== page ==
• What are some unique activities that you do with your family that honors your culture?
  • When you think about your culture, describe what you see. Are there traditional clothing that are worn? Do you smell scents, incense, or flowers? Or the aroma of food? What do you eat for special celebrations?  What kind of music or sounds do you hear?  Where do these traditional practices usually take place?
  • What kind of special mementos or objects represent your heritage?
  • What meaningful practices from the past represent your culture and is something you hope to stay with you as you get older?
  • What lessons are being passed down to you from your grandparents or elders around you?
  • What are some stories or conversations you’ve had with your family about your culture?
  • Is there something about your culture that you would like to see better represented or celebrated in your community?
  • What do you hope for the future of your community? 
  • How can you participate in conversations with students of indigenous backgrounds through creative projects?

free online summer workshops

Hawai‘i and Alaska students, you’re invited to join us online for two fun Future Filmmakers Summer Workshops open to 6th-12th graders. Meet other students and prepare your short film submission for the Daniel K. Inouye Institute Future Filmmakers Film Contest. Meet local award-winning filmmaker Alika Tengan, director of EVERYDAY IN KAIMUKĪ, on Saturday, July 16th, 12-2PM HST and also meet actress, Peyton Elizabeth Lee, star of Disney+’s Doogie Kamealoha, M.D. on Saturday, July 23rd, 1-2PM HST. More information at:

HIFF42 YOUTH AMBASSADOR: Auli'i cravalho

Auli’i Cravalho first captured our hearts as the title role of Walt Disney Animation Studios’ worldwide hit film MOANA, opposite Dwayne “The Rock” Johnson, with music by Lin Manuel-Miranda. She performed the Oscar-nominated song “How Far I’ll Go” live at the Academy Awards in 2017.

She quickly and seamlessly transitioned from voice-over to on-camera roles, starring alongside Josh Radnor and Rosie Perez in the Jason Katims series RISE for NBC, and in ABC’s live production of THE LITTLE MERMAID as Ariel. Brett Haley directed her as the lead of his Netflix film ALL TOGETHER NOW, with Carol Burnett, Fred Armisen, and Justina Machado.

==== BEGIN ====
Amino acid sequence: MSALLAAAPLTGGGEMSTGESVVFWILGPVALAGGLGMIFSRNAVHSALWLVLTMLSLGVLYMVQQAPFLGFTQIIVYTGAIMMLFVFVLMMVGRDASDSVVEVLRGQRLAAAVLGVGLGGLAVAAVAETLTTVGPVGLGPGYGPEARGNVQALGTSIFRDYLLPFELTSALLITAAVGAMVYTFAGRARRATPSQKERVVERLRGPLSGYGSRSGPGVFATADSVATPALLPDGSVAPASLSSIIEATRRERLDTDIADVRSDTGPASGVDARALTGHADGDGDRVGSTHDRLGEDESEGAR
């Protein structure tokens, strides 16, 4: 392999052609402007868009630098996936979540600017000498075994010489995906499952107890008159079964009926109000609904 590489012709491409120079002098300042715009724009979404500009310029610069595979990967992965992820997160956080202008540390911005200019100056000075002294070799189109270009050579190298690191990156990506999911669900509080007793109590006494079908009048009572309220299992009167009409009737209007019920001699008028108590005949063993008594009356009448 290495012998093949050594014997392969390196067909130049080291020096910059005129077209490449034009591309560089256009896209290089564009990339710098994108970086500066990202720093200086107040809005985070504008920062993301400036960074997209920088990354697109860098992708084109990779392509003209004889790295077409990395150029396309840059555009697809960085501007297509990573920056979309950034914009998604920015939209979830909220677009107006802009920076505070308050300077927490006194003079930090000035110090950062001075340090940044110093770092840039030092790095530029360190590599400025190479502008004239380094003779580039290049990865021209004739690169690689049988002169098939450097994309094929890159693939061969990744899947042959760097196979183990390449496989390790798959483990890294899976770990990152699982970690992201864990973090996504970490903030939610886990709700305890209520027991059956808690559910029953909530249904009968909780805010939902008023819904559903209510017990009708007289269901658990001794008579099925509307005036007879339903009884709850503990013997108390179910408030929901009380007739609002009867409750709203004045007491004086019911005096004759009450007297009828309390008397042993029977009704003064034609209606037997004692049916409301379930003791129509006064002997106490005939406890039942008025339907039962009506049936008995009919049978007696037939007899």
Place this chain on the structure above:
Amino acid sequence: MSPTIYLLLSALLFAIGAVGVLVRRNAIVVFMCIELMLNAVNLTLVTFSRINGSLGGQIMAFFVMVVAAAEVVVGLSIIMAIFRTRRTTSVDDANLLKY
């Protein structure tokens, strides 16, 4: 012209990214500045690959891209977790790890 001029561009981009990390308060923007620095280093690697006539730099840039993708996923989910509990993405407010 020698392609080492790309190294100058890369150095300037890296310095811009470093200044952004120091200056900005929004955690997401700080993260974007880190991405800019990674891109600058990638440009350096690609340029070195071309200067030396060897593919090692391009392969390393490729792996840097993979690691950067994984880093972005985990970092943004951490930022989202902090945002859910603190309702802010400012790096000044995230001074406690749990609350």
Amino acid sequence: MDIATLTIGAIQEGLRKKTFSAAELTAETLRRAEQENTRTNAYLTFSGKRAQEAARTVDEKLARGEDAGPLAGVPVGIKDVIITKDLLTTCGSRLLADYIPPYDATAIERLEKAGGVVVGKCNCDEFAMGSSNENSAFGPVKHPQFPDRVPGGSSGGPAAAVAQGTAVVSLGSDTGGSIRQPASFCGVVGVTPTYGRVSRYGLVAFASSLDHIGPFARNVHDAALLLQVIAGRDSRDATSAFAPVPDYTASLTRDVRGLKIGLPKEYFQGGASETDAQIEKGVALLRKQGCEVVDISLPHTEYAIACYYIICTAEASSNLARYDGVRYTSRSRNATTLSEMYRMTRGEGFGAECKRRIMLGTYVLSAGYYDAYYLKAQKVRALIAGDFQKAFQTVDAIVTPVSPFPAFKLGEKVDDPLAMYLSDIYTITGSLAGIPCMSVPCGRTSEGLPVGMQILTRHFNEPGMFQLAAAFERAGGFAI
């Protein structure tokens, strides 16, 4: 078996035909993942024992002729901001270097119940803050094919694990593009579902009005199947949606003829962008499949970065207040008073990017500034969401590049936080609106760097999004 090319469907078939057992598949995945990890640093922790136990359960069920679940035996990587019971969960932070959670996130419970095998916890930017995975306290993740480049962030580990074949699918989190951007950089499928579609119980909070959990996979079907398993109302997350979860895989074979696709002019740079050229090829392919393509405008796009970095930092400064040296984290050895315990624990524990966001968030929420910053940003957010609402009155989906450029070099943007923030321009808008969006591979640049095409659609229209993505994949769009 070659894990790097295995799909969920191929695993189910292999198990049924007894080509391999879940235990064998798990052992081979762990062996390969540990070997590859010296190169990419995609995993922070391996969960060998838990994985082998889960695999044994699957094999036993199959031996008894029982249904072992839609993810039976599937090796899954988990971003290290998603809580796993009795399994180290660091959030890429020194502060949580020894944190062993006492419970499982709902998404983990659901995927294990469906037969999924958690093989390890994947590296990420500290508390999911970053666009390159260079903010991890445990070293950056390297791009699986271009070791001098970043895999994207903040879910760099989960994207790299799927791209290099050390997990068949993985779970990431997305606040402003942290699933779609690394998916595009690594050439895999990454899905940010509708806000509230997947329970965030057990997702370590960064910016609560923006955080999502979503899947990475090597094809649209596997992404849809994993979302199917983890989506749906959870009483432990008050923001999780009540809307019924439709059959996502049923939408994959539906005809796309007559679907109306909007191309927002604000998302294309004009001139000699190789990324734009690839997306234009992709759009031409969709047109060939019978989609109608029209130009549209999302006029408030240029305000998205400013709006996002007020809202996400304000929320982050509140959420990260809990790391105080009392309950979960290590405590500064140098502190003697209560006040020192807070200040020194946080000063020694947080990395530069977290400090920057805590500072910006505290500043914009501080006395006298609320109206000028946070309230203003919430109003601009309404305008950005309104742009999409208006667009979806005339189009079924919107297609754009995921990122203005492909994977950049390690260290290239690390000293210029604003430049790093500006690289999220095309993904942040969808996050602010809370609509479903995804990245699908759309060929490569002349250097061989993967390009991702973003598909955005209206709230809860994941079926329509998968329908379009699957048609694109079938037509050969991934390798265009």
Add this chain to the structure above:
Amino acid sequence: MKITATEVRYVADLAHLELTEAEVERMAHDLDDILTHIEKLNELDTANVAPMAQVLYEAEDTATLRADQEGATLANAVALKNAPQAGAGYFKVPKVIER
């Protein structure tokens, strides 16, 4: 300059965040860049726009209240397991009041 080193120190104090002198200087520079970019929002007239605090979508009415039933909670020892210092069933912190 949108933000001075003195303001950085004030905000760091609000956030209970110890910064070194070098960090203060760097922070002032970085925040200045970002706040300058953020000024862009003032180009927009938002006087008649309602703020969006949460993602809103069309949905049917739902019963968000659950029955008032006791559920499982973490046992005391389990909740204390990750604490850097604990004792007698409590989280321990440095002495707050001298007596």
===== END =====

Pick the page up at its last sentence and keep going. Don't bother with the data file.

She can currently be seen starring in Hulu’s queer teen romcom CRUSH, directed by Sammi Cohen. Upcoming projects include the Amazon series THE POWER, based on the Naomi Alderman novel of the same name. She stars as Jos Cleary-Lopez, opposite Toni Collette and John Leguizamo. Cravalho voices the title character, Hailey, a risk-averse but resourceful teenager, in Disney Branded Television’s “Hailey’s On It!”.  She will next be seen starring in the 20th Century Studios film DARBY AND THE DEAD, coming to Hulu later this year.

Cravalho was born and raised in Hawai’i.


The Daniel K. Inouye Institute was established in 2013 to preserve Senator Inouye’s papers and tell his life story; support STEM education, civics learning and international educational-cultural exchanges; and establish a repository of the Asian American/Pacific experience.

This contest is also supported by the YOMYOMF Foundation, which supports Asian Pacific American artists as well as artists from other traditionally underrepresented communities who wish to pursue careers in film, TV, theater and new media.

The mission of the Ted Stevens Foundation is to recognize and honor the Senator’s career in public service, and to apply his legacy of bipartisanship and collaboration through outreach and education.  In this spirit, the Foundation works with organizations to inspire the next generation of leaders in critical thinking, community advocacy, and respect for cultural and civic engagement.

Perseverance Theatre is Alaska’s largest professional theatre, and a non-profit organization serving over 21,000 artists, students, and audiences annually. PT’s mission is to create professional theatre by and for Alaskans, with a focus on community engagement, cross-cultural and cross-racial collaboration, professional rigor, and regional/national voice.